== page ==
What it’s really like to go to theatre school

Yes, we still studied ‘normal’ subjects


Joining a state sixth form college from a theatre school was a bold move. For the first few weeks of class I had to deal with the dreaded “what school did you go to” questions, which would always result in me awkwardly mumbling “theatre school” or “somewhere in central London, you wouldn’t have heard of it”. I knew the real answer, Sylvia Young, wouldn’t mean anything to most people.

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The truth is I used to be really embarrassed telling people I went to a full-time stage school. I didn’t want them to assume I was weird, or trying to show off, or talented. When it was mentioned it was fee-paying, people would usually raise their eyebrows or assume I was posh but in reality 99 per cent of my classmates weren’t rich and I’m pretty sure no-one could afford the fees without some kind of scholarship.

Looking back though, I realise how lucky I was to go somewhere a little bit out of the ordinary. For those who didn’t get that chance, this is what it was like.

I'm the one getting bummed on the left

I’m the one getting bummed on the left

We still study everything you would at a normal school

My boyfriend once seriously asked me if we did “normal” lessons like maths. We did, and our time was divided between academic (Monday to Wednesday) and vocational (Thursday and Friday). Many people struggle to understand the mechanics of that but it basically meant we did our GCSEs in three-day weeks and spent Thursdays and Fridays fucking around in tap shoes. On those days it was martial law that all girls had to wear their hair in a slicked bun, something that has fucked up my hairline irreparably.

Yes, most of the stereotypes are accurate…

Some of the stereotypes about theatre schools were definitely warranted. There were quite a few stage mums, the enthusiastic stay-at-home types who would drop their little one off in the morning and be there to pick them up in the afternoon. And there were a lot of bratty kids, desperate for auditions and constantly sucking up to teachers.

The High School Musical stereotype definitely applied because if you were walking through a corridor singing a song, you’d be guaranteed to get a chorus of singers harmonising with you.

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…but not all of them

However, a lot of the stereotypes didn’t apply. Stage school girls aren’t all bulimic (and as far as I was aware, none of my friends were either), we don’t all hate each other, and we’re not all stupid. Not all the guys were gay either, even if they did wear tights twice a week. None of my friends can spell but they can pirouette better than Billy Elliot (some of my friends even played him on the stage). And contrary to popular belief not everyone was talented. There were definitely a few duds in the school who were there just to pay fees.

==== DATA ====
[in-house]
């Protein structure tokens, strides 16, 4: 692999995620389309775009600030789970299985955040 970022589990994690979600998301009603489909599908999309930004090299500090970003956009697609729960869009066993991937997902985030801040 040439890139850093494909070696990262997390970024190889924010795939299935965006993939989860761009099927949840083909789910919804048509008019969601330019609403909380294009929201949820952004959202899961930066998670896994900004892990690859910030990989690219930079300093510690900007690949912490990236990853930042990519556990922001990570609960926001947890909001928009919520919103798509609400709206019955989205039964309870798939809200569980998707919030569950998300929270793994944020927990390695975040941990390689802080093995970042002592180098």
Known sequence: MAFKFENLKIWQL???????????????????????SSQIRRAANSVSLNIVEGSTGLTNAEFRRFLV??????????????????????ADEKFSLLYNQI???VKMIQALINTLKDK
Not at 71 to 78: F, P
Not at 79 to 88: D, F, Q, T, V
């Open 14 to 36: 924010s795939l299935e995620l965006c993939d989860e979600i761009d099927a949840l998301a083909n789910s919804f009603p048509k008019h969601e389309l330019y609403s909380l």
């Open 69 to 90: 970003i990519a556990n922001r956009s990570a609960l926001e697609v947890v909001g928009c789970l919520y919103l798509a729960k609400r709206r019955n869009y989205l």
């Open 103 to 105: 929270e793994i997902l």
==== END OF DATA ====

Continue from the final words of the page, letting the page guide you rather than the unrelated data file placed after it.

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Rehearsals gave us plenty of opportunities to goof around

One of my favourite memories was the showcase we put on in Year 11 to raise money for our prom. There, five years worth of vocational training culminated in a tits-teeth-and-hairspray extravaganza that saw us performing music from Legally Blonde, Wicked, and Funny Girl, our parents weeping in the audience while they watched their little money-wasters perform on stage. In the run up, we were allowed time out of our lessons to rehearse. We were ‘rehearsing’ in the art room one day when my friend decided to make a plaster cast of her tit, painting it in beautifully lifelike colours. Of course I jumped at the chance to make a plaster cast of my bum, which has pride of place on a shelf in my room.

Discipline was tough

We weren’t always messing around or playing truant and bad behaviour was definitely handled differently in my school. Our teenage rebellions were taken a lot more seriously; I got suspended from smoking in the toilets, one of my friends got expelled for it. You rarely got detentions, but if you did it was treated stupidly seriously.

Spray tan compulsory

Spray tan compulsory

You end up living far away from your friends

Most of my friends lived miles away so I missed out on having a close-knit local group of friends, but I hate to think of what I would be like if I hadn’t gone there. Maybe I’d have better GCSEs, maybe I’d be pregnant, I don’t know, but it would have been nice to have more friends that lived round the corner.

I worry people will judge my CV negatively in the future

Another bad side is that it probably looks a bit naff to have “theatre school” on a CV or job application, and people have definitely judged me once they know I went there, assuming I’m stupid.

Prom, my finest hour

Prom, my finest hour

I’m still in doubts as to whether I actually have any theatrical talent, but I’m no longer embarrassed by my school. I might laugh when I tell people about it, but secretly I’m really pleased and proud to have gone there. I got a somewhat decent education, excellent performing arts training, and friends that I’m really proud to see achieving everything they want, all thanks to going to probably the best theatre school in the country (fuck you Italia Conti).